What you need to know about
Type 3: The Determine Child

Primary Connection to the World: Physical
Primary Movement: Push forward and determine
Primary Need: To be challenged and have new experiences
with support of family

Often described as...

Adventurous, Assertive, Busy, Busy body, Competitive, Determined, Down to Earth, Energetic, Enterprising, Entrepreneurial, Feisty, Independent, Industrious, Into everything, Little tiger, Loud, Mind of their own, Mischievous, No nonsense, Outgoing, Passionate, Persistent, Practical, Quick, Rambunctious, Resourceful, Restless, Risk taker, Rowdy, Strong-willed, Swift, Take charge

Please don't use these negative labels...

Aggressive, Demanding, Hot-tempered, Over-reactive, Pushy, Wild

Type 3 Children need...

1. Physical activity

Are they getting outside enough? Are they engaged in physical activities that match their determined nature and help them express their physical connection to the world? Are you making the physical contact with them that they need from their family?

2. Challenges

Type 3s like challenges. Telling them no is almost an invitation for them to think to themselves, "Oh yeah? Watch me!" Help them channel their determined energy into healthy, productive challenges that help them feel they can accomplish great things for their age.

3. Projects

Having something to do will keep your Type 3 child from saying frequently, "I'm bored. There is nothing to do." Projects without a lot of detail or lengthy learning curve to get them going are best. They can be worked on in short lengths of time. They can be projects that are not finished in one sitting, but can be returned to frequently to keep your Type 3 actively involved with something to do that they find interesting and challenging.

4. Results

One of the primary reasons a Type 3 child likes projects is to create a result that they can admire and feel satisfied about. Make a big deal of their results and praise them for their hard work and efforts.

5. Encouragement to live true to who they are

Refer to the phrases in each of the development stages in earlier sections to continue to validate and encourage your Type 3 child to live true to their nature throughout all the phases of their childhood.

6. Time to do things with family

Type 3 children love to spend time with family in physical activities and challenges. Get out and enjoy something together.

7. Praise

Praise your Type 3 child's accomplishments and results. Tell them you are impressed and think they do a great job at their activities. Appreciate their get-it-done nature even if they could have taken more time in planning details or may have missed a few steps. Lead with praise and teach them later.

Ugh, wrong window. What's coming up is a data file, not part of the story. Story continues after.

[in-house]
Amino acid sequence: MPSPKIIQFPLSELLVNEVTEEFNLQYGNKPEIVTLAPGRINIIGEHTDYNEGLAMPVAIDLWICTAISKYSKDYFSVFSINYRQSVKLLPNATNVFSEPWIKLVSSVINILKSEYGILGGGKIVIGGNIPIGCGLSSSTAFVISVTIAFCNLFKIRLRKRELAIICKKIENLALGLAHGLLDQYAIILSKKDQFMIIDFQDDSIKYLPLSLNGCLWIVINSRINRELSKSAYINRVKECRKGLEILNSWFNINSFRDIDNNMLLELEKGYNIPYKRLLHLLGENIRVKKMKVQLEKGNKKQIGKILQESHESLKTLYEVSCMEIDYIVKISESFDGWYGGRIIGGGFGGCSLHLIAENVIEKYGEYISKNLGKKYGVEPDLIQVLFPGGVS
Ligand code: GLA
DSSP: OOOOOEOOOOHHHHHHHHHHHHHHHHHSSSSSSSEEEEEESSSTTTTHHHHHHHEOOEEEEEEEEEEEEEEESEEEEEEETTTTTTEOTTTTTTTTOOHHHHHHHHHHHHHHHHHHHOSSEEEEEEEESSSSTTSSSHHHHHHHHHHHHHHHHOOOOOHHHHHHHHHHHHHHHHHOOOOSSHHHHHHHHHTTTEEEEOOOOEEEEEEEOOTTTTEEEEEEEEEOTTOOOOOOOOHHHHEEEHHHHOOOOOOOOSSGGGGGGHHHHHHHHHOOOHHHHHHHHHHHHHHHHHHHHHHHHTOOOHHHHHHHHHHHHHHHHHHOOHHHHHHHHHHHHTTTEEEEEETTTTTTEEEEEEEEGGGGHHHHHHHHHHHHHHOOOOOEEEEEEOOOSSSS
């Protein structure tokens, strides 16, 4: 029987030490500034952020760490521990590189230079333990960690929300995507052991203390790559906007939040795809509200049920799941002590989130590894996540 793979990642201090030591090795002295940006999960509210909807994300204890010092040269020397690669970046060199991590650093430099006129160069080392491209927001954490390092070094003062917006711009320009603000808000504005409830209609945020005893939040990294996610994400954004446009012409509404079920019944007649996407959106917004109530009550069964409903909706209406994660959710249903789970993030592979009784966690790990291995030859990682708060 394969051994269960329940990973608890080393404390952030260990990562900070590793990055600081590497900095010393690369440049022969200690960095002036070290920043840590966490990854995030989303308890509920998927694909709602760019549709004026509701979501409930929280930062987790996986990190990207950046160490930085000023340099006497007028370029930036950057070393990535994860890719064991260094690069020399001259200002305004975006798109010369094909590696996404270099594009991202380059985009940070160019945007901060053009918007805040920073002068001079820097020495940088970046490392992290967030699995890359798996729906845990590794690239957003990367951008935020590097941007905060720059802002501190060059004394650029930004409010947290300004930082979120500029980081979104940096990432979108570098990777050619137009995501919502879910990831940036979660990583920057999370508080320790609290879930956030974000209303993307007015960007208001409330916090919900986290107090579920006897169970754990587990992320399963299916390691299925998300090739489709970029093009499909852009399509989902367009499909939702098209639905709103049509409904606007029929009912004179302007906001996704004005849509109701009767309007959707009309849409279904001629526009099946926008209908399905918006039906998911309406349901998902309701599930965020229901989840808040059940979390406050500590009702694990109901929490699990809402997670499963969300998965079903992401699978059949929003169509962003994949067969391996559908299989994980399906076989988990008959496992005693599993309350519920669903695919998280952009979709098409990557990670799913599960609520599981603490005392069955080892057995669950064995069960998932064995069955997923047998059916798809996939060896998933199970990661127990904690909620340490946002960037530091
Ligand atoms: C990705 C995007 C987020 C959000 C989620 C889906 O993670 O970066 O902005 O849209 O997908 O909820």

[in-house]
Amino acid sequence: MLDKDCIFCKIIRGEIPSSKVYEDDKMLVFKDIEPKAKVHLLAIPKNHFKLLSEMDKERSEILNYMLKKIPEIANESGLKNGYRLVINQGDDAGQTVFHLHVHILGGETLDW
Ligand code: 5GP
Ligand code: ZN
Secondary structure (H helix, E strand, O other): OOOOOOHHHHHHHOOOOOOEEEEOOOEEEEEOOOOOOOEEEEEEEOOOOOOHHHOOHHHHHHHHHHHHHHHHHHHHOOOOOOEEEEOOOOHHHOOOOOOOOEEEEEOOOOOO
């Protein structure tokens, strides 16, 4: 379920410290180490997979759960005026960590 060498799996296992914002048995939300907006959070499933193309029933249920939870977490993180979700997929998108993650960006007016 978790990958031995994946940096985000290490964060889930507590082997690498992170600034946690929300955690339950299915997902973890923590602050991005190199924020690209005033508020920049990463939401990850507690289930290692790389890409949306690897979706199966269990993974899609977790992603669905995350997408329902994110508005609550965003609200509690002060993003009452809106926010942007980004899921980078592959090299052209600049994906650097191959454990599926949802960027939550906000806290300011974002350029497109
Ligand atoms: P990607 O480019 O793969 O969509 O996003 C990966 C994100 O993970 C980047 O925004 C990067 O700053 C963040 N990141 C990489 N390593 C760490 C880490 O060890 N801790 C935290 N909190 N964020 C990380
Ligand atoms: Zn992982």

8. Attention

Attention is different from praise. You know your Type 3 is not getting enough attention when they start to do aggravating things that cause a negative reaction in others- that's a red flag that they just want to be noticed and interacted with more.

9. Don't sweat the small stuff

Decide today to let go of some of the frustration and focus on the dynamic action and confidence that your child expresses along with their passion for life when they are honoured and validated for who they are.

10. Avoid these phrases and judgements

- shush, you're too loud

- you shouldn't think so big

- just calm down, you're too much

- stop being so pushy

- I don't think you should try that

- when are you going to relax

- settle down

Tell me more...

Natural Gifts: Encouragement and results

Personality Traits: passionate and fiery

Thought and Feeling Processes: Quick and deliberate

Communication: Loud and forceful

Family Relationships: Love (and fight) with intensity

Friends and Social Settings: Natural Leaders

TImeliness: Going up to the last minute

Jobs & Chores: Focused on results

Money Management: Natural Entrepreneurs

Recreational Activities: Prefer competitive action

Learning Style: Hands-on works best

Classroom Behaviour: Need activity

Study Habits: Finish what they start

Challenges: Keeping up with them!

Payoff: Open to trying new things

Physical Development:

Learning to Walk: On the move in the fastest way

Learning to Talk: Speaking when it serves

Toilet Training: Erratic success

Sleeping: Play hard, sleep hard

Starting School: Confident

Baby Sitting: Need physical goodbye

Dating: Active, practical approach

High School Experience: A lot going on

Driving: Possible over-confidence

Emotional Development

  • Baby 0 to 18 Months - Need to be validated for their active, reactive nature and to be supported in starting to explore and sense the world around them
  • Toddler 18 Months to 3 Years - Need support in sensing, exploring and doing in the world
  • Pre-school 3 to 6 Years - Coming into their own identity and power
  • School Age 6 to 12 Years - Need to fit in, working with structure, knowing and learning
  • High School 12 to 18 Years - Separating and creating independence from the family

Tuttle, C. (2012) The Child Whisperer Live Your Truth Press:USA pp. 161-226